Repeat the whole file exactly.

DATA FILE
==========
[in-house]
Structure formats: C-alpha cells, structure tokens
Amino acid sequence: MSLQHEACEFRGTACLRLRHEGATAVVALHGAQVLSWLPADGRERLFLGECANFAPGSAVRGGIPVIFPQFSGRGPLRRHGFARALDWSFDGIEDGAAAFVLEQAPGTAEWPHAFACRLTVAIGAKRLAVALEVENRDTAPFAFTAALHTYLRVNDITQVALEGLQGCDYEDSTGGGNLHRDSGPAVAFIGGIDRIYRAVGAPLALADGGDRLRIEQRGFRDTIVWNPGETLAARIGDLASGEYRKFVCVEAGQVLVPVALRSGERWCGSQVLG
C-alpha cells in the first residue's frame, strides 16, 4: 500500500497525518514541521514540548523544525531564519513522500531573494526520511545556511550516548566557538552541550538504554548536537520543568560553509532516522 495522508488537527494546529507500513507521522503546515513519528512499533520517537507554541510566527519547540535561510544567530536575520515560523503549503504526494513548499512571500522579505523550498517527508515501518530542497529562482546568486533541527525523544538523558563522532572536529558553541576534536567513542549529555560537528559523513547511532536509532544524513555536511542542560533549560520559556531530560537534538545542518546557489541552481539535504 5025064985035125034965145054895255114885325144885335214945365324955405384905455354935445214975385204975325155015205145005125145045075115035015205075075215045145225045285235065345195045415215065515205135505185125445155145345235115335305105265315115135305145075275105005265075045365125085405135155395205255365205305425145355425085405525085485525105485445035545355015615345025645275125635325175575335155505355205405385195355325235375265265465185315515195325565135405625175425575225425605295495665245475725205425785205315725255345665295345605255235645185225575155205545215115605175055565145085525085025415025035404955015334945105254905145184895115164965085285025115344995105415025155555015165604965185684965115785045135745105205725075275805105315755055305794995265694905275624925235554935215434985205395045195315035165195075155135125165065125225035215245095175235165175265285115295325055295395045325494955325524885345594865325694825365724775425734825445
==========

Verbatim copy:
[in-house]
Structure formats: C-alpha cells, structure tokens
Amino acid sequence: MSLQHEACEFRGTACLRLRHEGATAVVALHGAQVLSWLPADGRERLFLGECANFAPGSAVRGGIPVIFPQFSGRGPLRRHGFARALDWSFDGIEDGAAAFVLEQAPGTAEWPHAFACRLTVAIGAKRLAVALEVENRDTAPFAFTAALHTYLRVNDITQVALEGLQGCDYEDSTGGGNLHRDSGPAVAFIGGIDRIYRAVGAPLALADGGDRLRIEQRGFRDTIVWNPGETLAARIGDLASGEYRKFVCVEAGQVLVPVALRSGERWCGSQVLG
C-alpha cells in the first residue's frame, strides 16, 4: 500500500497525518514541521514540548523544525531564519513522500531573494526520511545556511550516548566557538552541550538504554548536537520543568560553509532516522 495522508488537527494546529507500513507521522503546515513519528512499533520517537507554541510566527519547540535561510544567530536575520515560523503549503504526494513548499512571500522579505523550498517527508515501518530542497529562482546568486533541527525523544538523558563522532572536529558553541576534536567513542549529555560537528559523513547511532536509532544524513555536511542542560533549560520559556531530560537534538545542518546557489541552481539535504 5025064985035125034965145054895255114885325144885335214945365324955405384905455354935445214975385204975325155015205145005125145045075115035015205075075215045145225045285235065345195045415215065515205135505185125445155145345235115335305105265315115135305145075275105005265075045365125085405135155395205255365205305425145355425085405525085485525105485445035545355015615345025645275125635325175575335155505355205405385195355325235375265265465185315515195325565135405625175425575225425605295495665245475725205425785205315725255345665295345605255235645185225575155205545215115605175055565145085525085025415025035404955015334945105254905145184895115164965085285025115344995105415025155555015165604965185684965115785045135745105205725075275805105315755055305794995265694905275624925235554935215434985205395045195315035165195075155135125165065125225035215245095175235165175265285115295325055295395045325494955325524885345594865325694825365724775425734825445